Thanksgiving and The Holiday Spirit

On this holiday when we think about all the things for which we are grateful, it is also fitting to think about those who don’t have as much, the public policy implications, and how we can help.

A study from The Southern Education Foundation shows these disheartening statistics:

The latest data shows that low income students comprise a near-majority of the nation’s public school children (51 percent) and are half or more of all students in the South and the West. Low income students are concentrated in the nation’s cities, but …. forty percent or more of all public school children in the nation’s suburbs, towns, and rural areas are low income students.

Since 2001, the number of low income students in public schools has grown roughly by one-third (32 percent) across the states.These are the students who need the most assistance.They generally are more likely to score lowest on school tests, fall behind in school, fail to graduate, and never receive a college degree. … The growth in the number of low income students far out-stripped the growth in per pupil spending in public schools during the last decade in every region of the country, except the Northeast. … During virtually the same period (2003-2011), the learning gap for low income students across the nation and in every region of the country, except the Northeast, remained stagnant.”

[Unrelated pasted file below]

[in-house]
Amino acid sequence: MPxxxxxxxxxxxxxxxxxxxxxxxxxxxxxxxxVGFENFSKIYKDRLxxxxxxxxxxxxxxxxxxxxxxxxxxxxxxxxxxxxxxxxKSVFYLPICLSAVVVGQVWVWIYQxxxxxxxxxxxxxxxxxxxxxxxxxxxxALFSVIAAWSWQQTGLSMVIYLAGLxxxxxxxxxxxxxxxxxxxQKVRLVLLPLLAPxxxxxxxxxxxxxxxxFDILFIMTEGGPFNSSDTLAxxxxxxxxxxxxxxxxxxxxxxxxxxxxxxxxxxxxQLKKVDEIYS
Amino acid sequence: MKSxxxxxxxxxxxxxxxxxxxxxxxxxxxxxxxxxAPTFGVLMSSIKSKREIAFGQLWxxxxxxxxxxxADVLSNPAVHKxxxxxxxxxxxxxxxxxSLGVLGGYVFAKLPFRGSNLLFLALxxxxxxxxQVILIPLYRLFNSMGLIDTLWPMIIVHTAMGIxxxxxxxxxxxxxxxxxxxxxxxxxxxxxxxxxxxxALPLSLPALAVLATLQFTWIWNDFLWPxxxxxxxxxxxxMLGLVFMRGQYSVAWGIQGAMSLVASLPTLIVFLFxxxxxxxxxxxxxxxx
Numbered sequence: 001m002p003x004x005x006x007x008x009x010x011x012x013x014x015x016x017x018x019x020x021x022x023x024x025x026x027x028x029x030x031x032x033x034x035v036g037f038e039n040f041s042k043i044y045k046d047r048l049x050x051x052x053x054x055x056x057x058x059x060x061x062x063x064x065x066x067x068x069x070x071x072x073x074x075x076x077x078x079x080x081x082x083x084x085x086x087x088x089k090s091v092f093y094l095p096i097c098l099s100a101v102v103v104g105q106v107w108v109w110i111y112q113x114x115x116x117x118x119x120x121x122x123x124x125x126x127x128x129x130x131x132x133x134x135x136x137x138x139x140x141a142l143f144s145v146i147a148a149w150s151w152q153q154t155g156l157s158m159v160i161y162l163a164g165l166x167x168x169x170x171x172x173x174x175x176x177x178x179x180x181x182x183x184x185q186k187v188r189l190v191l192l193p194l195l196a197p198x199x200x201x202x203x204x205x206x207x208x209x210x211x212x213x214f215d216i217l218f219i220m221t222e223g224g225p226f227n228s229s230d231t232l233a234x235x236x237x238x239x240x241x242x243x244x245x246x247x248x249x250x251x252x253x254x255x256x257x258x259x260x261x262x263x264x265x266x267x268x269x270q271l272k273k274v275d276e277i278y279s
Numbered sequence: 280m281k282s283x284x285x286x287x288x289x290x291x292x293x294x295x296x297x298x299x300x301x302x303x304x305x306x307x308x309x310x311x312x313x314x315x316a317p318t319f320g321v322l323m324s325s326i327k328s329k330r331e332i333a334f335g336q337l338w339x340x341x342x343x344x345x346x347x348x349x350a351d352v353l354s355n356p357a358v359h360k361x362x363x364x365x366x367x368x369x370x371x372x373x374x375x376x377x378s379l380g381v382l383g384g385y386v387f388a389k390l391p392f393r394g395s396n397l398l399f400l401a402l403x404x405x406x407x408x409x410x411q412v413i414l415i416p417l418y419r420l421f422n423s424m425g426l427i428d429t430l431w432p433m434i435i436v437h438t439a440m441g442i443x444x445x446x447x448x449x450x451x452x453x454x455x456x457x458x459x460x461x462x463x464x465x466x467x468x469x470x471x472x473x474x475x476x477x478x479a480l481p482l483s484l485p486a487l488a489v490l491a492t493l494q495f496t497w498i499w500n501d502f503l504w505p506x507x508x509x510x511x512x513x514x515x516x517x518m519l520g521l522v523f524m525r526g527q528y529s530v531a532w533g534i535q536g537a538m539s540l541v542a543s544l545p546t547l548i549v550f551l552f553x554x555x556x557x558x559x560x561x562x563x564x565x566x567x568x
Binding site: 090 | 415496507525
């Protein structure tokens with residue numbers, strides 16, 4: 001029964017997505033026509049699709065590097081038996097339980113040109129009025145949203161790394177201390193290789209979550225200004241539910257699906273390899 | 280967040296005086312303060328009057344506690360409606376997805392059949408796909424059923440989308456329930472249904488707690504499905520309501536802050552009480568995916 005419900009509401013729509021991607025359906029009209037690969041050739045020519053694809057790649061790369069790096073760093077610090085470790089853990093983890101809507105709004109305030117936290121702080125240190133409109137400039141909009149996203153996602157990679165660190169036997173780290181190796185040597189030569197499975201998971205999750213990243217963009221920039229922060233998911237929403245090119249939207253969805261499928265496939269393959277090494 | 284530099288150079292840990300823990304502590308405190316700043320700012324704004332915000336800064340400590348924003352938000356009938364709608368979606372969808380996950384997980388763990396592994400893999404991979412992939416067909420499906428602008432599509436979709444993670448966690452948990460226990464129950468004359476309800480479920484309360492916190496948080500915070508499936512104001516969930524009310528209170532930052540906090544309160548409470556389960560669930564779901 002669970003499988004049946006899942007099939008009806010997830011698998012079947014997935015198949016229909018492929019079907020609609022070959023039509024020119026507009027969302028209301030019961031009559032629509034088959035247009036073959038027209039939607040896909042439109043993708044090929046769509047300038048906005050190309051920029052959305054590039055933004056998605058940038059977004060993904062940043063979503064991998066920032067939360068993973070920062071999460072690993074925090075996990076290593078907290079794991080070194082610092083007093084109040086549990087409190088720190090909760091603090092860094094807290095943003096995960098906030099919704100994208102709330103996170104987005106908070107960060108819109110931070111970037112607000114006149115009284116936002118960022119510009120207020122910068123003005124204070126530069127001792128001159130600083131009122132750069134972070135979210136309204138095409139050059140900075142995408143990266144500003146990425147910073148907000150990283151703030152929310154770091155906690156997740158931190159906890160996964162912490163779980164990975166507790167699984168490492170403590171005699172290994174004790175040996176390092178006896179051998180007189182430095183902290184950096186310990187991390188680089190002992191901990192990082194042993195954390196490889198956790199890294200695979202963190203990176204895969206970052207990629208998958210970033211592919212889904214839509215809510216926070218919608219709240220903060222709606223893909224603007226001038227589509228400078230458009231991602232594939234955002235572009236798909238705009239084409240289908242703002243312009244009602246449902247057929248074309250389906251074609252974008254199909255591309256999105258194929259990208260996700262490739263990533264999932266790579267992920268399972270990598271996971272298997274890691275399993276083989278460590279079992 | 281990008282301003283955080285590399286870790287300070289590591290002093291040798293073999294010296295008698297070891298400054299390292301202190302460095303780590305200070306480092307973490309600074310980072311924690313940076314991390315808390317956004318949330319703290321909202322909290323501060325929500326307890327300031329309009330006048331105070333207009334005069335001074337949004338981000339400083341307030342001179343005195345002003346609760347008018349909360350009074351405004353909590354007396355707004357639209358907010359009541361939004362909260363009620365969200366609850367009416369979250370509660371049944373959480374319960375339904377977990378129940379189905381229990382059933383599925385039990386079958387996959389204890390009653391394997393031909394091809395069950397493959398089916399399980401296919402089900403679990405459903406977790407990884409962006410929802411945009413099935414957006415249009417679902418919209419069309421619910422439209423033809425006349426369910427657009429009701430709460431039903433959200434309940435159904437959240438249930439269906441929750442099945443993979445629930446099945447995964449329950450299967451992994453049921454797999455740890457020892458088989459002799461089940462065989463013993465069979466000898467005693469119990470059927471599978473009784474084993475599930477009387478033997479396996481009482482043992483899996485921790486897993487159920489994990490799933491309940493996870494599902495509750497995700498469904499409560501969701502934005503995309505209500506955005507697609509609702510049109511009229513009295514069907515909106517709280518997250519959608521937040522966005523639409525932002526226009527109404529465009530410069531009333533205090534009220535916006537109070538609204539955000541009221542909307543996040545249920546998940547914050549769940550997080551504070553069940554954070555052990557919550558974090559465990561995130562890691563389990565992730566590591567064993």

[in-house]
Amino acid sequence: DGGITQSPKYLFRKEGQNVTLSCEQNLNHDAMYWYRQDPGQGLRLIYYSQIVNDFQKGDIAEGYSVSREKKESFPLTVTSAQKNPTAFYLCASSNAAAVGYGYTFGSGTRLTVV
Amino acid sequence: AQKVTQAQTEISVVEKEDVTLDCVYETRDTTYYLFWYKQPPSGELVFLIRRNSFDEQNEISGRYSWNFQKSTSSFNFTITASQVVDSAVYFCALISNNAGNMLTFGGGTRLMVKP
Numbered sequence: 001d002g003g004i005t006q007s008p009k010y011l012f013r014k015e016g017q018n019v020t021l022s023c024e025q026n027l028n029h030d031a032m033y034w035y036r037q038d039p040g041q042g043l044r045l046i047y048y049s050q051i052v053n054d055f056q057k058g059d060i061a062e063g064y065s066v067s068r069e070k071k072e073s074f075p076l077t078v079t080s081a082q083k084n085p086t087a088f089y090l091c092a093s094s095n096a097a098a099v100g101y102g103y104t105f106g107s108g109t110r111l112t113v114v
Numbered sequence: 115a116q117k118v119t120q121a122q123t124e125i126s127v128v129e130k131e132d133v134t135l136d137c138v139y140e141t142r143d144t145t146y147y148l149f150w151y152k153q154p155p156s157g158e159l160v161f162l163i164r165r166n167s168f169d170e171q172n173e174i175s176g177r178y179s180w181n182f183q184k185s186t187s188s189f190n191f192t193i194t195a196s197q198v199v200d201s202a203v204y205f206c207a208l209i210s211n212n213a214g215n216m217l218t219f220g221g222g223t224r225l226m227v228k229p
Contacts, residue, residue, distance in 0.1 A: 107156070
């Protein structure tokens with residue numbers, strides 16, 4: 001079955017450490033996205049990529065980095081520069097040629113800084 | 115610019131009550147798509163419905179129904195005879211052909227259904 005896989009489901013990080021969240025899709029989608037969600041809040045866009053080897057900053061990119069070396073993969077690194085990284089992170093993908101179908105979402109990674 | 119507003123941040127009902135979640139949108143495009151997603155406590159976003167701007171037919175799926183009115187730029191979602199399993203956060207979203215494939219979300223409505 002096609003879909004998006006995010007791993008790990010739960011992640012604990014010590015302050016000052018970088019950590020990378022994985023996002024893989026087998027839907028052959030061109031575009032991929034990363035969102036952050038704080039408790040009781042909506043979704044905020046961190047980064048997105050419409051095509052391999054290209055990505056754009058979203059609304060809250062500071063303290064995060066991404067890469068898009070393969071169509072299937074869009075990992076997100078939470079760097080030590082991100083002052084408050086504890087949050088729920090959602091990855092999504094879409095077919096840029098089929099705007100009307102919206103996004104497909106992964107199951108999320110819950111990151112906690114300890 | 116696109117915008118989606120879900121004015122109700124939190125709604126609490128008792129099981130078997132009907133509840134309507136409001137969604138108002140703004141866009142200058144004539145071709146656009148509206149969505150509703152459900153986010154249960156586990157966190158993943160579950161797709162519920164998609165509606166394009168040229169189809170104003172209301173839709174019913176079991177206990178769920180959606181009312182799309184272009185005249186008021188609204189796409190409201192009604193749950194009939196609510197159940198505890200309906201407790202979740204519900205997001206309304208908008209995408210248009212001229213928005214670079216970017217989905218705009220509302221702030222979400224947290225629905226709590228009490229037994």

As of 2013, Mississippi led the nation with the highest rate of low-income students, 71 percent, almost three out of every four public school children in Mississippi. The nation’s second highest rate was found in New Mexico, where 68 percent of all public school students were low income in 2013.

As the study points out, the consequences of this situation are far-reaching and go beyond simple notions of “fairness” or even legal equity. This large body of students will grow up to be our citizens and our “human capital” in the future.


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